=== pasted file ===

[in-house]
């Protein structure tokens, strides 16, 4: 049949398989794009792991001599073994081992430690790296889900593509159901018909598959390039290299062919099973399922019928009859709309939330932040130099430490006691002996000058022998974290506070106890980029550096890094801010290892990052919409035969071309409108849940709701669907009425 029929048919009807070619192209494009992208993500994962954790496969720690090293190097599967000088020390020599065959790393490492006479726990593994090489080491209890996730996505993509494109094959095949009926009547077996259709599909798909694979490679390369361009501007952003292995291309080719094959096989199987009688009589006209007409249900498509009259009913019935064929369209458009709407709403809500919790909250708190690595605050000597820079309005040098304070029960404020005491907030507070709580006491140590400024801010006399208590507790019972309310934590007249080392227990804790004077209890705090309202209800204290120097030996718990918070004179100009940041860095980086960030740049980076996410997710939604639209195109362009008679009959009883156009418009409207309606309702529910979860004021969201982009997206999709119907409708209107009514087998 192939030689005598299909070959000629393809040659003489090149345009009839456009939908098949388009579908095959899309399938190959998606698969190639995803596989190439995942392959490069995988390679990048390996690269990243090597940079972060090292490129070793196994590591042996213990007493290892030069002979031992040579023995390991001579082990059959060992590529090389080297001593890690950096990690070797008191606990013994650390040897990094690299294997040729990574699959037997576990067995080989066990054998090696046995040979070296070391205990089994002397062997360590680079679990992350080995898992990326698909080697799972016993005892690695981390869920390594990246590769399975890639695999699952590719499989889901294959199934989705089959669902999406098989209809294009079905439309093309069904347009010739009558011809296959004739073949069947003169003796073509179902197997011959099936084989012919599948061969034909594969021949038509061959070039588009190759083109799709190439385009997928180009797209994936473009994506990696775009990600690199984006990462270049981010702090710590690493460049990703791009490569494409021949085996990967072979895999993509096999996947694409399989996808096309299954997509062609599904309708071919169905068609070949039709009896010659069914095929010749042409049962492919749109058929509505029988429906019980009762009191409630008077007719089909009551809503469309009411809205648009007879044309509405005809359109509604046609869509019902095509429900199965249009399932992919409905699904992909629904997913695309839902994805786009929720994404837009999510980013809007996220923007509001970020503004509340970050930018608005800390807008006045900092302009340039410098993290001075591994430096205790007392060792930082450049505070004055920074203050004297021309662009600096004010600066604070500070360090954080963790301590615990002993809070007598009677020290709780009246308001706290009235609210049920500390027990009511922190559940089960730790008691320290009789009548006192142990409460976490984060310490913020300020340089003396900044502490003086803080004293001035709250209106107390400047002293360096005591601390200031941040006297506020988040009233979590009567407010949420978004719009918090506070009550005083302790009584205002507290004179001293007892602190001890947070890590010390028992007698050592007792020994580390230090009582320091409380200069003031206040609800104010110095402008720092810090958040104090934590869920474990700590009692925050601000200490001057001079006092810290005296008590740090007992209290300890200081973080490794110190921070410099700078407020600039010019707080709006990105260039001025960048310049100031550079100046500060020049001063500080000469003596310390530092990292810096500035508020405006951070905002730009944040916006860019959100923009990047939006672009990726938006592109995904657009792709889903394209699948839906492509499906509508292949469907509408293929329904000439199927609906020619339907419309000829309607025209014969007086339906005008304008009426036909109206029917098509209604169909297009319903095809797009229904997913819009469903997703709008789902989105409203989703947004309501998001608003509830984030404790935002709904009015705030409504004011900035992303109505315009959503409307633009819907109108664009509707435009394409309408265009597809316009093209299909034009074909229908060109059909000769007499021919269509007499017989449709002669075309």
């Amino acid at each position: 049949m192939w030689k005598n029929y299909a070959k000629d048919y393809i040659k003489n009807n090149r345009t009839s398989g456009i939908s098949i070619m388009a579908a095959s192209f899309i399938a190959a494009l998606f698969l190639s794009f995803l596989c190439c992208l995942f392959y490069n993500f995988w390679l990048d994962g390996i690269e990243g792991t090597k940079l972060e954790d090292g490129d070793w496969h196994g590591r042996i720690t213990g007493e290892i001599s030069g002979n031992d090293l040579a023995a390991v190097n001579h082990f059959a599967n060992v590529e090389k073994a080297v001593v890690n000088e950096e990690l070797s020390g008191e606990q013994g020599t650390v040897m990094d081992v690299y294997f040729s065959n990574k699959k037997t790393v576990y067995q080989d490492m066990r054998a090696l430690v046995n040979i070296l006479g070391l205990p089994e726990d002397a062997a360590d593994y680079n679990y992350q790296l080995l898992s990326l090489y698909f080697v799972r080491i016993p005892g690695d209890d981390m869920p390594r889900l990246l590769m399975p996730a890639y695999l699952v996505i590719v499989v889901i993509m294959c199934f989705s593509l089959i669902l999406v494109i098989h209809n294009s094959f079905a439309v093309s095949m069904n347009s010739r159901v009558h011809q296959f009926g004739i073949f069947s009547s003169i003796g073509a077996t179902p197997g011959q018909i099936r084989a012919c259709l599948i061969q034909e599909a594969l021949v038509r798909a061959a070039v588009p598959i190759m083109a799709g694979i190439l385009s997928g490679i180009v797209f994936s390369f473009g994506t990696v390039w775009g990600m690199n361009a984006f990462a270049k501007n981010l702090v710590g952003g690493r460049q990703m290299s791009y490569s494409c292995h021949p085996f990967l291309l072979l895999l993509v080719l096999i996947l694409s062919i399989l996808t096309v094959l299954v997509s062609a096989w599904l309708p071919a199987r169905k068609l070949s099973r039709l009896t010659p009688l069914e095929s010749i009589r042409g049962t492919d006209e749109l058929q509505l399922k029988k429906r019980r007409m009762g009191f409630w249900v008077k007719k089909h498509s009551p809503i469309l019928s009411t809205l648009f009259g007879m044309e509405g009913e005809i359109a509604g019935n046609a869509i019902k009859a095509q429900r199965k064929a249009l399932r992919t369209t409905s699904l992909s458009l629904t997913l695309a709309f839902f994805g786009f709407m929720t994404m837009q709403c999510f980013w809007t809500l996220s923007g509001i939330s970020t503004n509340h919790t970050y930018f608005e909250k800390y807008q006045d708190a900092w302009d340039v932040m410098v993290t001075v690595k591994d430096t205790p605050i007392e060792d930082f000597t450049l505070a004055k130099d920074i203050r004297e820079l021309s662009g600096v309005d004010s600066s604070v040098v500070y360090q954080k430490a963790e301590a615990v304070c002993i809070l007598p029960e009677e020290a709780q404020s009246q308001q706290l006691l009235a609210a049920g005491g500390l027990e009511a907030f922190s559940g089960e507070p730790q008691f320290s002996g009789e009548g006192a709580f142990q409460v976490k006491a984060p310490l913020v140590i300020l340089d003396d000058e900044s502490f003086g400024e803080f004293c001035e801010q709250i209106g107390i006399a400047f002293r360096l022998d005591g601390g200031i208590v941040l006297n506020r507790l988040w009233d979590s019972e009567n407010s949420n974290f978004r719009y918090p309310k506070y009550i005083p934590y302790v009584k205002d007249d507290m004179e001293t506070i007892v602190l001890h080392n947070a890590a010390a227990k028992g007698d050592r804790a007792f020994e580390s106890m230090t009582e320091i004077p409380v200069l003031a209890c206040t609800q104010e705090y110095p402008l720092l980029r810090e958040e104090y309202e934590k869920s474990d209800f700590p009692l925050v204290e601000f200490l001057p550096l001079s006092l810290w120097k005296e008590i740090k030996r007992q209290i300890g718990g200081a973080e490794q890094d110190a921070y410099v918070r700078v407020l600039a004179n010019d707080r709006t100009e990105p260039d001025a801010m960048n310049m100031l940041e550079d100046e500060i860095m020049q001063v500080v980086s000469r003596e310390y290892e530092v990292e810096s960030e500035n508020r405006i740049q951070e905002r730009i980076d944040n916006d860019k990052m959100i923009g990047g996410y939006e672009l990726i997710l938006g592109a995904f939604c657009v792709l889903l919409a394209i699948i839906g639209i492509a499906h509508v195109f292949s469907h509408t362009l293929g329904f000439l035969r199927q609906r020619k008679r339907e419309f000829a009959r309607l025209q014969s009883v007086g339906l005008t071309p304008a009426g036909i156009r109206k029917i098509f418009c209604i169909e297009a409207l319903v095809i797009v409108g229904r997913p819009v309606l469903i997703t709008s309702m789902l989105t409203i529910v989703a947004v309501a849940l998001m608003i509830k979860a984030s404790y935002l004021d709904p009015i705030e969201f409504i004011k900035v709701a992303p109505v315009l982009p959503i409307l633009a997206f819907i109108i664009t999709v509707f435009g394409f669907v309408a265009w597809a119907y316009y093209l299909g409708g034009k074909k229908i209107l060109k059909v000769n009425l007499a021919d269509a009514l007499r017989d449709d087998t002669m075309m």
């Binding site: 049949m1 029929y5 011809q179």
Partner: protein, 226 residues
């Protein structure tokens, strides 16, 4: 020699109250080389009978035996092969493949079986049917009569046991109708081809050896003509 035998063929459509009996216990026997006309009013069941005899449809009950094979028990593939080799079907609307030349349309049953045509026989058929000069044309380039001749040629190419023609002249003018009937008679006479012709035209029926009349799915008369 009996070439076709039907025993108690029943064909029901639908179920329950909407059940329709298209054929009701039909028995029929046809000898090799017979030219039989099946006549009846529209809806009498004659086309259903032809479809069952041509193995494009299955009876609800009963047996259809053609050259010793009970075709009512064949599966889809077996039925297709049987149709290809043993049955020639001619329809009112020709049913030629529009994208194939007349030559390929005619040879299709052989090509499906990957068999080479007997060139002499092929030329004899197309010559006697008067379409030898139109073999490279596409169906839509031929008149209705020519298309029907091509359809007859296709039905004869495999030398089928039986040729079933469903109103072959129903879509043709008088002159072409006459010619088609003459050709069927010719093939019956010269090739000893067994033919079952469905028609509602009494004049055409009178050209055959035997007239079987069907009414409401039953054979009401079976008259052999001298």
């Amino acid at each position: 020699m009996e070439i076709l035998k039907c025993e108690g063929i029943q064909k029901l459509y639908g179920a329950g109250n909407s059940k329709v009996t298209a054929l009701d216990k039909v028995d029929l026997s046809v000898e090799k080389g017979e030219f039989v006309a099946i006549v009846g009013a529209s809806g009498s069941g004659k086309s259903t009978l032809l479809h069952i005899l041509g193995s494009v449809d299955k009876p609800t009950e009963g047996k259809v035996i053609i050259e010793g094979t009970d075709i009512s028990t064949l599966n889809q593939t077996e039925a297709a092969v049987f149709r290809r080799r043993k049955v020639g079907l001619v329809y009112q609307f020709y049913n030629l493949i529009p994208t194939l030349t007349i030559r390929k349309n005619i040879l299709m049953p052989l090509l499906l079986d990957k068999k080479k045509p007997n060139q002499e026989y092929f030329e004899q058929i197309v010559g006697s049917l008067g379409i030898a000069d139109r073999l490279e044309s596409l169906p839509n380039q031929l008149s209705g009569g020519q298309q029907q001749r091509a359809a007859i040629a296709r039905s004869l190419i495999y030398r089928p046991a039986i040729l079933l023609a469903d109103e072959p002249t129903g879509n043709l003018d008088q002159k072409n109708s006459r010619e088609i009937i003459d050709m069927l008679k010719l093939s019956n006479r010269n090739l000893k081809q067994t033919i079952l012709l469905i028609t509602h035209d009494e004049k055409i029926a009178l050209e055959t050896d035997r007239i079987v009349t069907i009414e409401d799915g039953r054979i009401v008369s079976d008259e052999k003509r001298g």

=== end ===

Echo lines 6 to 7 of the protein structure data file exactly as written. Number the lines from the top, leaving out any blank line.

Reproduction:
């Protein structure tokens, strides 16, 4: 020699109250080389009978035996092969493949079986049917009569046991109708081809050896003509 035998063929459509009996216990026997006309009013069941005899449809009950094979028990593939080799079907609307030349349309049953045509026989058929000069044309380039001749040629190419023609002249003018009937008679006479012709035209029926009349799915008369 009996070439076709039907025993108690029943064909029901639908179920329950909407059940329709298209054929009701039909028995029929046809000898090799017979030219039989099946006549009846529209809806009498004659086309259903032809479809069952041509193995494009299955009876609800009963047996259809053609050259010793009970075709009512064949599966889809077996039925297709049987149709290809043993049955020639001619329809009112020709049913030629529009994208194939007349030559390929005619040879299709052989090509499906990957068999080479007997060139002499092929030329004899197309010559006697008067379409030898139109073999490279596409169906839509031929008149209705020519298309029907091509359809007859296709039905004869495999030398089928039986040729079933469903109103072959129903879509043709008088002159072409006459010619088609003459050709069927010719093939019956010269090739000893067994033919079952469905028609509602009494004049055409009178050209055959035997007239079987069907009414409401039953054979009401079976008259052999001298």
């Amino acid at each position: 020699m009996e070439i076709l035998k039907c025993e108690g063929i029943q064909k029901l459509y639908g179920a329950g109250n909407s059940k329709v009996t298209a054929l009701d216990k039909v028995d029929l026997s046809v000898e090799k080389g017979e030219f039989v006309a099946i006549v009846g009013a529209s809806g009498s069941g004659k086309s259903t009978l032809l479809h069952i005899l041509g193995s494009v449809d299955k009876p609800t009950e009963g047996k259809v035996i053609i050259e010793g094979t009970d075709i009512s028990t064949l599966n889809q593939t077996e039925a297709a092969v049987f149709r290809r080799r043993k049955v020639g079907l001619v329809y009112q609307f020709y049913n030629l493949i529009p994208t194939l030349t007349i030559r390929k349309n005619i040879l299709m049953p052989l090509l499906l079986d990957k068999k080479k045509p007997n060139q002499e026989y092929f030329e004899q058929i197309v010559g006697s049917l008067g379409i030898a000069d139109r073999l490279e044309s596409l169906p839509n380039q031929l008149s209705g009569g020519q298309q029907q001749r091509a359809a007859i040629a296709r039905s004869l190419i495999y030398r089928p046991a039986i040729l079933l023609a469903d109103e072959p002249t129903g879509n043709l003018d008088q002159k072409n109708s006459r010619e088609i009937i003459d050709m069927l008679k010719l093939s019956n006479r010269n090739l000893k081809q067994t033919i079952l012709l469905i028609t509602h035209d009494e004049k055409i029926a009178l050209e055959t050896d035997r007239i079987v009349t069907i009414e409401d799915g039953r054979i009401v008369s079976d008259e052999k003509r001298g």